“There will be ample time for public input and mitigation as we communicate fully with the region,” he said.
Public input will also be sought regarding another proposal from Metro: the sale of the parking lot at the Capitol Heights station.
The board voted to enter into a joint development agreement (JDA) with Donatelli Development. Donatelli would purchase the parking lot for $3.88 million and construct five-story buildings featuring up to 200 dwelling units, as well as 18,000 square feet of retail space. Four townhouse units would also be constructed on a separate parcel across Davey Street from the station, and a pedestrian plaza will be built on Davey Street between Metro’s bus loop and Kiss & Ride.
David Iannucci, deputy chief administrative officer for economic development in County Executive Rushern Baker III’s office, said the county is on board with the project.
“We’ve been working closely with WMATA,” he said. “I think it’s a great project to bring big development to a county community that hugs the D.C. border.”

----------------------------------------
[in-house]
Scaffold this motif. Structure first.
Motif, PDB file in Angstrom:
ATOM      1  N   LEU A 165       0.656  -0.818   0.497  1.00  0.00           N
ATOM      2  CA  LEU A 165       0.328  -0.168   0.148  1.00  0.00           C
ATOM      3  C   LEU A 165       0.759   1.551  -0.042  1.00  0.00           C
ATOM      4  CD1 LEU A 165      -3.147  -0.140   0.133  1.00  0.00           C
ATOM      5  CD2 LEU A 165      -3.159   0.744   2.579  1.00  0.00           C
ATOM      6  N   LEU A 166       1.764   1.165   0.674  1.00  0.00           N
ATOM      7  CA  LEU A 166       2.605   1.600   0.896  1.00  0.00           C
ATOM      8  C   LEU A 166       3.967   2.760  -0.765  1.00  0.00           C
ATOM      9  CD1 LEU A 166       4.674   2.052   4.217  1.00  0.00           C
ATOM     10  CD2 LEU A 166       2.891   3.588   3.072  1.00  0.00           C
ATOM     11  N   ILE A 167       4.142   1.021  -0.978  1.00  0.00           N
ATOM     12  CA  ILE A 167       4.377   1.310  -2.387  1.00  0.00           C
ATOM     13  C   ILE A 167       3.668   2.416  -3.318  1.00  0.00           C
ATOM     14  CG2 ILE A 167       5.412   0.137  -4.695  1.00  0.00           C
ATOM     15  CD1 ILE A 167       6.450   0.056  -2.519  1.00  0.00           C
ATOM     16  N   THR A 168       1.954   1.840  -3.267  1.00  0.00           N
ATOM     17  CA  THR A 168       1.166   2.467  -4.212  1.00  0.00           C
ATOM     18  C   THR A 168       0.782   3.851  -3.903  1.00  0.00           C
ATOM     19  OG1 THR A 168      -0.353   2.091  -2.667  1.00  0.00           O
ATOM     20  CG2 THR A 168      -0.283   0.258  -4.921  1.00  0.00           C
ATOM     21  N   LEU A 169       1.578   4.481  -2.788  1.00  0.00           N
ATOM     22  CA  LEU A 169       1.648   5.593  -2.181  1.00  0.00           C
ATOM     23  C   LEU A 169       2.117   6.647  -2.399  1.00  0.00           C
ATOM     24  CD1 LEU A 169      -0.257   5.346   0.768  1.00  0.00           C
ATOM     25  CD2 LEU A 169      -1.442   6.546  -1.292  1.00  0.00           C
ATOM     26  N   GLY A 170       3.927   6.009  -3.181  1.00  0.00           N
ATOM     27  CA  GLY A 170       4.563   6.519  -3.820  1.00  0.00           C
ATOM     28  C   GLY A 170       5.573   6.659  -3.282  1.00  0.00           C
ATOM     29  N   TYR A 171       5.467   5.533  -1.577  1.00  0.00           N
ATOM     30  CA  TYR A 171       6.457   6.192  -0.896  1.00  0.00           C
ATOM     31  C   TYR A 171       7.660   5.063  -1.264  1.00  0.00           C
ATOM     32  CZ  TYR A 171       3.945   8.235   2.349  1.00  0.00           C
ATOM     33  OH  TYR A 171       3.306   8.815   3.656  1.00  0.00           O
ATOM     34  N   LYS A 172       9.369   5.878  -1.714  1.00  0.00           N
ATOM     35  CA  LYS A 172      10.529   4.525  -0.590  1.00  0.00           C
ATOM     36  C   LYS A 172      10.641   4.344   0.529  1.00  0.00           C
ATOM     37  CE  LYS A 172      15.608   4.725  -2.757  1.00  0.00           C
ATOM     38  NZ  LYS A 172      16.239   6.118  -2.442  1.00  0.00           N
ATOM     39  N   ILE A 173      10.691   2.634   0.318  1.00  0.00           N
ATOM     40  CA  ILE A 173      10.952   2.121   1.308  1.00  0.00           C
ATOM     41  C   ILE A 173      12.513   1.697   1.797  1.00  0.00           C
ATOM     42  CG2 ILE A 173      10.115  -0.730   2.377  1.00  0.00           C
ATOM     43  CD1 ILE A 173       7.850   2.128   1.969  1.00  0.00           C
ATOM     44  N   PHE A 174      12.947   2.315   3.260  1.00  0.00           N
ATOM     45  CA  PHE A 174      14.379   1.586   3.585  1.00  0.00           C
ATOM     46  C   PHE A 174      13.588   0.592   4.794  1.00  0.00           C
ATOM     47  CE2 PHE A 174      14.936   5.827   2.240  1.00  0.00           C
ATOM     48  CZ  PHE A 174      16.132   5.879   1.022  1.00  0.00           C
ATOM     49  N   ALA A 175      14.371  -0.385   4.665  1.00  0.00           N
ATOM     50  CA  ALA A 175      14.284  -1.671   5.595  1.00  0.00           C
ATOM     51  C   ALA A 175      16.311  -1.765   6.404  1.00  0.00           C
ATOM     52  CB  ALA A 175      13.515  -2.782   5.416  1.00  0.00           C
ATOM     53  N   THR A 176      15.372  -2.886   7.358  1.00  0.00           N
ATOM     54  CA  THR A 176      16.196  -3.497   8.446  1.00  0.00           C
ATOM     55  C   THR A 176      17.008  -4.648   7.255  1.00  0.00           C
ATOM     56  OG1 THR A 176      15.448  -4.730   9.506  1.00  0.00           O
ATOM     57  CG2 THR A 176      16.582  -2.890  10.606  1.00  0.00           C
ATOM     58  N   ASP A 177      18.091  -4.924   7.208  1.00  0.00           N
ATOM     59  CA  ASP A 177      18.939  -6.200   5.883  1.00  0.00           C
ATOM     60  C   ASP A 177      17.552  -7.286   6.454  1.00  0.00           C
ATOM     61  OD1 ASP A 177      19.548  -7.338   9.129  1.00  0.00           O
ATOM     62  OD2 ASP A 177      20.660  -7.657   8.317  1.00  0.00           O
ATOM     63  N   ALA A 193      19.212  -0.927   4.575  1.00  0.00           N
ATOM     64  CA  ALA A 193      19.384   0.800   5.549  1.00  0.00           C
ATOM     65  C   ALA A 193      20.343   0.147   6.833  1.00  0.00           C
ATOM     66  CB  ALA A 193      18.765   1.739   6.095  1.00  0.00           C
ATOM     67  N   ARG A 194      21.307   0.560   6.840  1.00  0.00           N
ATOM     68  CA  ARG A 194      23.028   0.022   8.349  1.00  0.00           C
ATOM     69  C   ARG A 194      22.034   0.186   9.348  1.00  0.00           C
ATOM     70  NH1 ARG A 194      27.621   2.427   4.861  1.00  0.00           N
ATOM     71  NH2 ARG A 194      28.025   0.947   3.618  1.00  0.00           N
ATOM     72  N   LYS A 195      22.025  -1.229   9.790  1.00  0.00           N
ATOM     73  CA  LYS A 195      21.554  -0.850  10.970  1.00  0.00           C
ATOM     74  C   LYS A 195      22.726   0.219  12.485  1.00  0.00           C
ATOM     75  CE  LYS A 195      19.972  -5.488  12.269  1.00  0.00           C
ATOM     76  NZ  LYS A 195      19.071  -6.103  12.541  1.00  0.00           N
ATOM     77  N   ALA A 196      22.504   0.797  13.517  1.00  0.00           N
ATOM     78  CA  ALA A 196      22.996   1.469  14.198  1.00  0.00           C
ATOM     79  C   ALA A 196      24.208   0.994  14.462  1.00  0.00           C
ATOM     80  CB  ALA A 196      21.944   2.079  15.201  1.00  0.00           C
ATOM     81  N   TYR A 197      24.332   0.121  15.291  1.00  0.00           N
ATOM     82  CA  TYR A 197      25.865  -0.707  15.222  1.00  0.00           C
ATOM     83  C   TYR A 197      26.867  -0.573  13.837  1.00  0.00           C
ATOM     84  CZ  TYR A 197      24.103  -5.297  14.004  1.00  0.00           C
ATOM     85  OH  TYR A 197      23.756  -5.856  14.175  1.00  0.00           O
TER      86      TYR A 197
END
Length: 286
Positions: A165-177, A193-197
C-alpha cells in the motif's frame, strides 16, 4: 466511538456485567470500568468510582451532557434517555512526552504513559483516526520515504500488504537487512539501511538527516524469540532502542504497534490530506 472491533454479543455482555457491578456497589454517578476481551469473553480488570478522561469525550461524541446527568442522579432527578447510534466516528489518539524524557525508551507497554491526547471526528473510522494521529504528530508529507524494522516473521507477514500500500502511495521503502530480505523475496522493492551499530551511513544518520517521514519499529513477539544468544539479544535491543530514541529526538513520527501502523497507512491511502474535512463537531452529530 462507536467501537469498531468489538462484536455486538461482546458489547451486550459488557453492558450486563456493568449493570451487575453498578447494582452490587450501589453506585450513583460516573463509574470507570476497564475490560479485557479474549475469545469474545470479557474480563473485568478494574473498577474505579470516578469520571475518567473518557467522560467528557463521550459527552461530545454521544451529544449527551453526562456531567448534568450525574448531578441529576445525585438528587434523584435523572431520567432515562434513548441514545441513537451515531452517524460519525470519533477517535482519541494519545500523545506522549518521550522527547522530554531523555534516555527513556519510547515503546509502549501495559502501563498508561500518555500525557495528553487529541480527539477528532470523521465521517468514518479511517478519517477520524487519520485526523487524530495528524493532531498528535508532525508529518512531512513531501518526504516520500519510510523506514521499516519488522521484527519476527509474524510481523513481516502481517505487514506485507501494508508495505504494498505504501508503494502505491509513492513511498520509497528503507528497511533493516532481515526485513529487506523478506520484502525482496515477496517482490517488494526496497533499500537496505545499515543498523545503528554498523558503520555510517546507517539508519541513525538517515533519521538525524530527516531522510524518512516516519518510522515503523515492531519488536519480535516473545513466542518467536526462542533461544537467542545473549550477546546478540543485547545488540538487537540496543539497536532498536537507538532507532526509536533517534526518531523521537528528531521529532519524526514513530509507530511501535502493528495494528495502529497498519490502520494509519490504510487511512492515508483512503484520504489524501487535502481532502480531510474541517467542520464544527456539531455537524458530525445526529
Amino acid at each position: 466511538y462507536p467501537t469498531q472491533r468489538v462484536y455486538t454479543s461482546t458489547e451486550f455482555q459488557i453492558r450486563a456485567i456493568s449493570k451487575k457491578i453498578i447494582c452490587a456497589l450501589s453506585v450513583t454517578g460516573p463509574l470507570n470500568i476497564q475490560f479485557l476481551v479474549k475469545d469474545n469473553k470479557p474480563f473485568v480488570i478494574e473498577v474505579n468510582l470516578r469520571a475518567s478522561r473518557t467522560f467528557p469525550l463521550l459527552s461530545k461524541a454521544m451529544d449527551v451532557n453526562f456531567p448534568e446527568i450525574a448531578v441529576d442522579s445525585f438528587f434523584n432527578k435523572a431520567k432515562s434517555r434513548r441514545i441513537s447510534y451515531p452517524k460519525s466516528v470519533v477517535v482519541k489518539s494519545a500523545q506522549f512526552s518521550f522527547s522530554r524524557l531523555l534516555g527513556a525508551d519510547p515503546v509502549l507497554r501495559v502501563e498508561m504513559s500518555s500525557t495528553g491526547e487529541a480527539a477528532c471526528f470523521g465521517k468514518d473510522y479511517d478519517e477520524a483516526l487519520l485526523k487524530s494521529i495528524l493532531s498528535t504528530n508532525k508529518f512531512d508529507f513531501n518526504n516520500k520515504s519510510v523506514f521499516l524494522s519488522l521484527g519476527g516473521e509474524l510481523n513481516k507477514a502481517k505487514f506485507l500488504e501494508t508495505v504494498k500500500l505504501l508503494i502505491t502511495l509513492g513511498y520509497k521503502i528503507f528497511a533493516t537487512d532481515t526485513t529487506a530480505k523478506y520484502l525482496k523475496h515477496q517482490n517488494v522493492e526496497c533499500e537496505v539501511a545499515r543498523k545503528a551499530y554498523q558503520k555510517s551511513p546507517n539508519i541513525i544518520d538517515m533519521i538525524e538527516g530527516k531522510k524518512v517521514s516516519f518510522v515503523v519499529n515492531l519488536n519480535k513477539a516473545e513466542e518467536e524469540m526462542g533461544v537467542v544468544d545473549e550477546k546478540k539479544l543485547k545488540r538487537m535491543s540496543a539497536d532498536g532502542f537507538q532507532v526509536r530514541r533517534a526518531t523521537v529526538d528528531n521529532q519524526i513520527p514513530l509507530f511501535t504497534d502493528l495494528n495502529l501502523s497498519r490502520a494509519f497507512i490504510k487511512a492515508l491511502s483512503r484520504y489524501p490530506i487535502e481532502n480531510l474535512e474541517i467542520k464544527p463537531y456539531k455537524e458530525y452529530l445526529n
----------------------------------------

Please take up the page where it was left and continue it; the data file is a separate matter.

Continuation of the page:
Metro plans to replace the eight handicapped parking spaces lost through the sale of the parking lot, but not any of the other 372 spaces. Sherri Ly, media relations manager, said the agency believes adequate parking is available at other stations to cover the loss. Addison Road alone has more than 600 unused spots daily, according to a staff report.
“Metro conducted a survey of people who park at the existing parking lot to determine what action they would take if parking were removed. Many said they would choose to park and ride at nearby Metro stations (for example, Addison Road, Suitland, Cheverly and Deanwood). Others said they would choose not to park at all,” Ly said in an email.
Iannucci said the county has also seen the numbers and it is not worried about the parking situation.
“In the larger picture, we are not concerned,” he said. “The overall project and the density it brings are what we need.”
WMATA is required to hold a public hearing on the issue, including the parking losses that would result. Results of the hearing could convince the agency to add 40 metered spaces on Davey Street or build additional spaces at the Morgan Boulevard station. The date for this hearing has not been set.